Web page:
As I've mentioned before, shame is a major issue for people who are afraid to ask for help. Usually, the shame originates from early childhood issues. Unfortunately, many children are made to feel ashamed when they ask their parents for help. This is often unintentional on the parents' part. The parents might feel overwhelmed or there might be many other reasons why they respond in a way that makes their children feel ashamed. But the result is that the children grow up to feel ashamed and not entitled to ask for help.
|Overcoming Your Fear of Asking For Help: Overcoming Shame|
Change isn't always easy, but you can try these simple tips to try to overcome your fear of asking for help.
Recognize that Loved Ones Often Want to Help You
Your loved ones usually feel better if they can contribute to your well-being in some way. By allowing others to help you, you allow the barriers between you to start coming down.
|Helping Hands: Recognize That Loved Ones Often Want to Help You|
Rather than seeming aloof, you seem more approachable to your loved ones.
Develop an Awareness of Distortions in Your Thinking
You might fear that others will try to manipulate and control you if you allow them to help you, but it's important to step back and really reflect on your thinking.
|Overcoming Your Fear of Asking For Help: Become Aware of Distortions in Your Thinking|
While this might be true for some people, in my opinion, it's not true for most people. The important thing in trying to decide whom you can trust is developing good judgment with regard to the people you choose to help you.
Similarly, if you feel like you're going to burden others by asking for help, think about the times when others have asked you for help. Assuming you were able to help, didn't it make you feel good to help someone close to you? Why would you think that a loved one wouldn't feel the same way towards you?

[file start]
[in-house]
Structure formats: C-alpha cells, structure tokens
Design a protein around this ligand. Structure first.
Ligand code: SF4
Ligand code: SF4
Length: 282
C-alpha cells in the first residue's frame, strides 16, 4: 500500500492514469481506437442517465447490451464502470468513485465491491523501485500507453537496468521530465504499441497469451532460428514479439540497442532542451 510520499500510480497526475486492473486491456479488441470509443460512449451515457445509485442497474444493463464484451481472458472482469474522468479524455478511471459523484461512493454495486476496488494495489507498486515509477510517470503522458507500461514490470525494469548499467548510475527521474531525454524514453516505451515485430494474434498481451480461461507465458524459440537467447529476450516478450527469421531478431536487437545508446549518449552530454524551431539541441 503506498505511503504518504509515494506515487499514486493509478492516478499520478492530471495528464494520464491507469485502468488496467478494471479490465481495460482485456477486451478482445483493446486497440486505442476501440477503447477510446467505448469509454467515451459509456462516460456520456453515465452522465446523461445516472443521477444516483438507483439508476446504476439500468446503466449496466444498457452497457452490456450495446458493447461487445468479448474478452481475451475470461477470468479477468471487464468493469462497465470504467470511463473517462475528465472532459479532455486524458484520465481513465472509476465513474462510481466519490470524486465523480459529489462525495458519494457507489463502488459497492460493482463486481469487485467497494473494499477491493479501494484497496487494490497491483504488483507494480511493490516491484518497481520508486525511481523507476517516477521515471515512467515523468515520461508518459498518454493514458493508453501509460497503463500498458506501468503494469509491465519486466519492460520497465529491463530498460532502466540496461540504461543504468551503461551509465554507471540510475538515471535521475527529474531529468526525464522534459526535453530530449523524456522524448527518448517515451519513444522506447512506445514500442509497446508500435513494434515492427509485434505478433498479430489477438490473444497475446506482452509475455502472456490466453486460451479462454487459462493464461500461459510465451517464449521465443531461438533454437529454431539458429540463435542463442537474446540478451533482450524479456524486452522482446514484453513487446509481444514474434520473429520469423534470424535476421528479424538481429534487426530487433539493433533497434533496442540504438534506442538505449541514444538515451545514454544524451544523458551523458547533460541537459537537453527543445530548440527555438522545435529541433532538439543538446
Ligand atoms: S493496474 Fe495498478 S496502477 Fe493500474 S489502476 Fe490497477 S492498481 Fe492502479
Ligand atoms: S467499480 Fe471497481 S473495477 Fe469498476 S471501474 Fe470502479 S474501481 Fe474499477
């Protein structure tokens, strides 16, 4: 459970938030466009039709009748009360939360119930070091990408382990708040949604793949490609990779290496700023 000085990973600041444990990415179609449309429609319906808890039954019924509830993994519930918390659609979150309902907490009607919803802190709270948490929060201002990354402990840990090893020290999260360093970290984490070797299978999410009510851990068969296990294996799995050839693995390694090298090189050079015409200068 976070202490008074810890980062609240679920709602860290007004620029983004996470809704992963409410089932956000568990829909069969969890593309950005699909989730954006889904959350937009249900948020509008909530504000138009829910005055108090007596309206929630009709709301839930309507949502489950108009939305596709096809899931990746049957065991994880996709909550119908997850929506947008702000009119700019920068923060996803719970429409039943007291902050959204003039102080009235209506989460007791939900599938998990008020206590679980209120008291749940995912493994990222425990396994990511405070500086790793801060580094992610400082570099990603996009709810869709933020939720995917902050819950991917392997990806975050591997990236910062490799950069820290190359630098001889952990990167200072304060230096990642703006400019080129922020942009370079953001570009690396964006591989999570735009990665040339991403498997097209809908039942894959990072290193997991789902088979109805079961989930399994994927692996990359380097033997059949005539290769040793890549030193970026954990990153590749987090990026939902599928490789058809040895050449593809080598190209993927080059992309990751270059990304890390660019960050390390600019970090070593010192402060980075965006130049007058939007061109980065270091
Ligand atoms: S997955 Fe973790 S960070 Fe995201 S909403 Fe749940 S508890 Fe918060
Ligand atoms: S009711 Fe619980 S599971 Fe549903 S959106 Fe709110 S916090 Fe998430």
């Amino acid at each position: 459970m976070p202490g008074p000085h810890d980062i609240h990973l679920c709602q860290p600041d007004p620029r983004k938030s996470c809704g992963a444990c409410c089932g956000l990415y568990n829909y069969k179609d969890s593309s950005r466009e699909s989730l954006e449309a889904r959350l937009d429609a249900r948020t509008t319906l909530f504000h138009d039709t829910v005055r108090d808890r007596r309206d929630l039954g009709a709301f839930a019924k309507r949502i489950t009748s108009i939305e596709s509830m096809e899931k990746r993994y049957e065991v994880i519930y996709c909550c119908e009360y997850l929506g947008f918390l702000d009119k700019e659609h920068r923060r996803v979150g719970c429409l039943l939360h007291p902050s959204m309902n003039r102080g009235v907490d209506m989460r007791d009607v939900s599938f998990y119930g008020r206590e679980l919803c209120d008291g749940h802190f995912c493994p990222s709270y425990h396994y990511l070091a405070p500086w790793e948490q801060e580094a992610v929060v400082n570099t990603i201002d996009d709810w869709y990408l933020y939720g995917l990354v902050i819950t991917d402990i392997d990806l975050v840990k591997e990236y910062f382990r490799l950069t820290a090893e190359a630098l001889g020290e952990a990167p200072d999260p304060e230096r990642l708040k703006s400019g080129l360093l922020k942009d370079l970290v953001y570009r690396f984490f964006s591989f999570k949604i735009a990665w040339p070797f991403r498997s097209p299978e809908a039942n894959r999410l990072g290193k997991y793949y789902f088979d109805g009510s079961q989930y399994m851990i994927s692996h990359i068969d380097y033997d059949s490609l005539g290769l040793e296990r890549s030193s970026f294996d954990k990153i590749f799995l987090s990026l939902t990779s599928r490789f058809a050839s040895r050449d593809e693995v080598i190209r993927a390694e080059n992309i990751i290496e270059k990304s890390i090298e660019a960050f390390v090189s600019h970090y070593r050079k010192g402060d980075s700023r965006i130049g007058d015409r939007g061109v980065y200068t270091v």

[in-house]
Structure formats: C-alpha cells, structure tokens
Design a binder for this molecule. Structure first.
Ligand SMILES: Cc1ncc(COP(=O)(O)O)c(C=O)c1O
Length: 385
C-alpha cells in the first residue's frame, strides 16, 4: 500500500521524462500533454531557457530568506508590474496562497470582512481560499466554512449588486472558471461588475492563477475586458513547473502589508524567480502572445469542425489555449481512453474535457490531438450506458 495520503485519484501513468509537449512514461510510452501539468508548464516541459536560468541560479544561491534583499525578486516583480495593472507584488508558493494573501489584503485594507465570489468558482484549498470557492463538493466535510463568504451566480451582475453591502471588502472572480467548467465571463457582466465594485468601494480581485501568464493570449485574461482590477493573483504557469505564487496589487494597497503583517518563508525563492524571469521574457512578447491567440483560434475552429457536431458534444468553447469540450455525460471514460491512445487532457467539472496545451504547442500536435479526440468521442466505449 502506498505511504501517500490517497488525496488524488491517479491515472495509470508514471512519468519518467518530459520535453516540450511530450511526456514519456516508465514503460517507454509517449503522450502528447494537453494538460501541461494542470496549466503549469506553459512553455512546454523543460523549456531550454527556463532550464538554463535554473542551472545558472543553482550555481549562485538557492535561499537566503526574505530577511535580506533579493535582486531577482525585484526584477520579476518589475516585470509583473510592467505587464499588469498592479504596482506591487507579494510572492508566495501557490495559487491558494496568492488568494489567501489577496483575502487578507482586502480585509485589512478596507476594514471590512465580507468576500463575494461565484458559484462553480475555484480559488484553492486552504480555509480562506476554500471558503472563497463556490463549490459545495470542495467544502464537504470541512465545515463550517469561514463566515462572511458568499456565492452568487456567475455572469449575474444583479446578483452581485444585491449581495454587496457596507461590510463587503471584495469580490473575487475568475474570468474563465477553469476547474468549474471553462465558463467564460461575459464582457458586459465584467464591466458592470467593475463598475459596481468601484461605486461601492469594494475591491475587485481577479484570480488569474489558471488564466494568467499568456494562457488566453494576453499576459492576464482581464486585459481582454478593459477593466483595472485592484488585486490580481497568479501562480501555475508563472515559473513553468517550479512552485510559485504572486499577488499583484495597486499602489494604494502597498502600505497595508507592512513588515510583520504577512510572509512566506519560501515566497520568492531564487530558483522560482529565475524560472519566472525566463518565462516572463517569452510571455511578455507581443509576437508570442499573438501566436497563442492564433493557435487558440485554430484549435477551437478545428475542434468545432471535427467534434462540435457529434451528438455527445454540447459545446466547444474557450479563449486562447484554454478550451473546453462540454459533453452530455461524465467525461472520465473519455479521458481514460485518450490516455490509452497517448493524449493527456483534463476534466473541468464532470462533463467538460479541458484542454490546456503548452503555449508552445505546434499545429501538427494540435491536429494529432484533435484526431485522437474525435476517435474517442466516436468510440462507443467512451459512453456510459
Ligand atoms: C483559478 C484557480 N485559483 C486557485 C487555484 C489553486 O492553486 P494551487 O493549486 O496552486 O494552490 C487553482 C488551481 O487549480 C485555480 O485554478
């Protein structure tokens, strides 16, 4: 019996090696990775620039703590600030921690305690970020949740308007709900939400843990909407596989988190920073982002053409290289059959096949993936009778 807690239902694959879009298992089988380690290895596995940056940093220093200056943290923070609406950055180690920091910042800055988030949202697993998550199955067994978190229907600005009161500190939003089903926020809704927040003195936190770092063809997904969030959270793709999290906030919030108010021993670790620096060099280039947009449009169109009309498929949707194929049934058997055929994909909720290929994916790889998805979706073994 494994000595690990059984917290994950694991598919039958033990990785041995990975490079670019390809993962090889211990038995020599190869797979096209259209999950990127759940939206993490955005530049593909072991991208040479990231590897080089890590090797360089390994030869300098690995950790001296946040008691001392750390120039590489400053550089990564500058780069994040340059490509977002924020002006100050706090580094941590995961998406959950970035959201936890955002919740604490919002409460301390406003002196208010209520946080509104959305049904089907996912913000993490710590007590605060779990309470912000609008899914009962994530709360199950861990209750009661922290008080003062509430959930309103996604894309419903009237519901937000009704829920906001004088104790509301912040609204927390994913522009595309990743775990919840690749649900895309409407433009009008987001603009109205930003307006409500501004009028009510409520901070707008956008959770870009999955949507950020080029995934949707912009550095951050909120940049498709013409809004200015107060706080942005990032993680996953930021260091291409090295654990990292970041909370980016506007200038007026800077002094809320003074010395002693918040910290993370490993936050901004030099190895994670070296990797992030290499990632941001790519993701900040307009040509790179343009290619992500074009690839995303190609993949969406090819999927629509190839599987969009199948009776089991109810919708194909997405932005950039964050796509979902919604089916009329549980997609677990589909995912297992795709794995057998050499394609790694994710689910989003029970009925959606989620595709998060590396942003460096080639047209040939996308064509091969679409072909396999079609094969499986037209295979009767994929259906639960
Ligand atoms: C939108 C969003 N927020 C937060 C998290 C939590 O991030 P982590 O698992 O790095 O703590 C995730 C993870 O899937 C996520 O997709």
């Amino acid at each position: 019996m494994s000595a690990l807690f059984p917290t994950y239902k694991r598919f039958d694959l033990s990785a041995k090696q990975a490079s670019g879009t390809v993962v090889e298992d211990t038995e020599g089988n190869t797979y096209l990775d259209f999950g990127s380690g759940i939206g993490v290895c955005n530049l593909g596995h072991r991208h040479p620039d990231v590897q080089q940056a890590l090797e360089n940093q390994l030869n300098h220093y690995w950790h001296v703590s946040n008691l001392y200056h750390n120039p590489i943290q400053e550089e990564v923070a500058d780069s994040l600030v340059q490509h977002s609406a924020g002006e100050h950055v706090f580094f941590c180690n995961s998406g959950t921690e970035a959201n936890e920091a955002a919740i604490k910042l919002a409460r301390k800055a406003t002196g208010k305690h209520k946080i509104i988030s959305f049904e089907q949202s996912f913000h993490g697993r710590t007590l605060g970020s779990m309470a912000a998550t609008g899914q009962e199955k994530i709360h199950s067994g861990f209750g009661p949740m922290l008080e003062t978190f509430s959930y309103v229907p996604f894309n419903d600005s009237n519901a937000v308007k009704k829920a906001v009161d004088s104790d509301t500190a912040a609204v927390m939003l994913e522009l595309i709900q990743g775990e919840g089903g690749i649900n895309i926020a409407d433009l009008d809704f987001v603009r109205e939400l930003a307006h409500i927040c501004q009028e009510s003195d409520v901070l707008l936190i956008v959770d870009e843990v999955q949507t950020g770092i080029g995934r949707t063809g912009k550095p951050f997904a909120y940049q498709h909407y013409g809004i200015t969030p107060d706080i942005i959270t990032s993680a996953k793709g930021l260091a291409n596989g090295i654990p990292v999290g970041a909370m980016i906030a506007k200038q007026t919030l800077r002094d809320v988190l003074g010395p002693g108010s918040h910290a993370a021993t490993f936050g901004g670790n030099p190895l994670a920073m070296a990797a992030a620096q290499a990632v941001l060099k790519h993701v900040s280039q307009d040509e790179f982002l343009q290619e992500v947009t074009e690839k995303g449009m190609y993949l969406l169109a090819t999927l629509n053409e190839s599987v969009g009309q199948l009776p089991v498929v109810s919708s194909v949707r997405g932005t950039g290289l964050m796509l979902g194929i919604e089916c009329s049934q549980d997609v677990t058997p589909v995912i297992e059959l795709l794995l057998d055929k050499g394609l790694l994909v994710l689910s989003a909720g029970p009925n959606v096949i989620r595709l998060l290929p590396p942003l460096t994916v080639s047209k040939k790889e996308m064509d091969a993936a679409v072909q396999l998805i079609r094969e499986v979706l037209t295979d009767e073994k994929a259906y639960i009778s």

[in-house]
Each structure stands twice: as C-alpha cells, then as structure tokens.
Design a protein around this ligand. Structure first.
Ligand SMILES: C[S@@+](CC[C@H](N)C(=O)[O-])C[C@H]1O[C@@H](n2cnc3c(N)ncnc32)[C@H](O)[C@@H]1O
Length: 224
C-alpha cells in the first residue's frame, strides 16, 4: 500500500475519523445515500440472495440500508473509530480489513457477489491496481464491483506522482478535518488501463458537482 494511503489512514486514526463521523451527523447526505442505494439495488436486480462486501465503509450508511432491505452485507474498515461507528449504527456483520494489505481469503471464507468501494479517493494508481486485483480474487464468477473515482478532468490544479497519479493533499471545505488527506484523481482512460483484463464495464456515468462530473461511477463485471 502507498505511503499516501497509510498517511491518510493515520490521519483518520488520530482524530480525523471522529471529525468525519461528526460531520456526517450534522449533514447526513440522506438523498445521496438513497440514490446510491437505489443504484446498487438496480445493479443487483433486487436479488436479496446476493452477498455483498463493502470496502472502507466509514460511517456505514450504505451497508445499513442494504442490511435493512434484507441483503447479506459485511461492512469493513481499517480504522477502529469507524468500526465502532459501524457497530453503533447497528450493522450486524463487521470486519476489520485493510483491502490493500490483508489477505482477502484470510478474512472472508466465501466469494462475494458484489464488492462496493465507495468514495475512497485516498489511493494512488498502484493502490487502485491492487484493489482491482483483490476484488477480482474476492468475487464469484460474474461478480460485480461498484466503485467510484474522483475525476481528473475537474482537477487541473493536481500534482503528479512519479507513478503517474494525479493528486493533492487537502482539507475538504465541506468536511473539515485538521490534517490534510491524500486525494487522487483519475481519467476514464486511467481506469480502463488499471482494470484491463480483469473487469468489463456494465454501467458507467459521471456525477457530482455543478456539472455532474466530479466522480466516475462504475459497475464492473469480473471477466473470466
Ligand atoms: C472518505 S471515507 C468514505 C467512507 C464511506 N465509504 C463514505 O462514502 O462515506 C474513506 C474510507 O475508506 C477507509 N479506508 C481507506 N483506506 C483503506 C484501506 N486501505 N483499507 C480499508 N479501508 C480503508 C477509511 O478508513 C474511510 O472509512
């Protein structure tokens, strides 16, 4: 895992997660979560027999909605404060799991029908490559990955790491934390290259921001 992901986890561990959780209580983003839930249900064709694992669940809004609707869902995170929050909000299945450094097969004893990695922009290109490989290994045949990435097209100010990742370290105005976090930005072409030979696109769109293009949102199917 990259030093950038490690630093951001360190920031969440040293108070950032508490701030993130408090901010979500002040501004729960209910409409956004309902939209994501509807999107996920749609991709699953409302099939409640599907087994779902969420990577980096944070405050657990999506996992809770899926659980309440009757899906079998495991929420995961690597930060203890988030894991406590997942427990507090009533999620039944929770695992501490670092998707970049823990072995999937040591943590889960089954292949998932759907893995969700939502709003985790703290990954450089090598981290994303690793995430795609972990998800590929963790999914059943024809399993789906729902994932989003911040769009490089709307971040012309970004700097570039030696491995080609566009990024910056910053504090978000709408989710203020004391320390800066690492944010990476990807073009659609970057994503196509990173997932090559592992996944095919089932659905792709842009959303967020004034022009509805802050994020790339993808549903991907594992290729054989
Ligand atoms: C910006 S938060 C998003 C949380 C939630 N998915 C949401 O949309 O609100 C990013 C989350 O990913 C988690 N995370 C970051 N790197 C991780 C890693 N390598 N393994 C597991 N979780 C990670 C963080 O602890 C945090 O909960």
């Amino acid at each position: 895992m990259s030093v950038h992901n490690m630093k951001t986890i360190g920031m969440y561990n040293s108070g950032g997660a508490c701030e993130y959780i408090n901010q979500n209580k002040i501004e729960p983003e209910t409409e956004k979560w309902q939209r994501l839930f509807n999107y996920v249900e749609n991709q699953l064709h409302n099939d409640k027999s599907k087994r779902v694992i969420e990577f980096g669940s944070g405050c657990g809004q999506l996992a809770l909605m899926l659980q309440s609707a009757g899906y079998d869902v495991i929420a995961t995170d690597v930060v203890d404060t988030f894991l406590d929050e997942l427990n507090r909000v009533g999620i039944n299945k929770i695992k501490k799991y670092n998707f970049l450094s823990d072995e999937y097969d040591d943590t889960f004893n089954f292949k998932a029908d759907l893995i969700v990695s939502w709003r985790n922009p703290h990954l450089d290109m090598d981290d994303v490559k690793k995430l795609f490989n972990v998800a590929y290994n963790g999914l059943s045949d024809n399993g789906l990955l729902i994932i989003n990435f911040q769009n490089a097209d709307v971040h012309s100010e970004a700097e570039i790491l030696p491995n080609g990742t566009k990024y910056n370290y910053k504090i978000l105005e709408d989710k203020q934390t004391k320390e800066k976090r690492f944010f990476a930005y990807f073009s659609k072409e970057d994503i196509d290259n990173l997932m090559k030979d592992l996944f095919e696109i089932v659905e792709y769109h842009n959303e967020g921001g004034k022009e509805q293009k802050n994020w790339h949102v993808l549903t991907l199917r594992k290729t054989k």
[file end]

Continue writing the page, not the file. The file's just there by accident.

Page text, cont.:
It can feel awkward at first, but no one can survive in this complex world without asking for help at some point. When you're trying to get over your fear of asking for help, use good judgment and choose people that you know will be reliable and trustworthy.
Develop Reciprocal Relationships That Involve a Healthy Give and Take
Ultimately, one-sided relationships don't work. If you're the only one doing the giving and the other person is doing all the taking, it's not going to work.
|Healthy Relationships Involve Both Give and Take|
Healthy relationships involve both give and take on both sides.
Start Small, If You Can
If it's possible, start by asking for help with a problem that's manageable rather than a big problem. Learning to accept help with smaller issues can help you to develop greater ease to ask for help with larger issues.
Don't Procrastinate: Ask For Help Before the Problem Gets Too Big
Problems are often easier to solve before they become too big. By the same token, it's usually easier to ask for help with a problem before it mushrooms into a much larger issue.
Get Help From a Licensed Mental Health Professional
For many people, the fear of asking for help is so ingrained that the tips I've provided above aren't helpful. They just can't get over their fear. When fear and shame are so overwhelming that you can't overcome them on your own, you could benefit from getting help from a licensed mental health professional, especially if fear of asking for help has been a lifelong issue.
In my experience as a psychotherapist, I've found that clinical hypnosis and Somatic Experiencing are often helpful to deal with the underlying trauma that is part of this fear and shame to ask for help. While there are no quick fixes for trauma, I have found that both of these treatment modalities can be effective.
I am a licensed NYC psychotherapist, hypnotherapist, EMDR and Somatic Experiencing therapist.
I work with individual adults and couples. I've worked with many psychotherapy clients to help them overcome trauma so they can lead fulfilling lives.
To find out more about me, visit my website: Josephine Ferraro, LCSW - NYC Psychotherapist
To set up a consultation, call me at (212) 726-1006 or email me: firstname.lastname@example.org.
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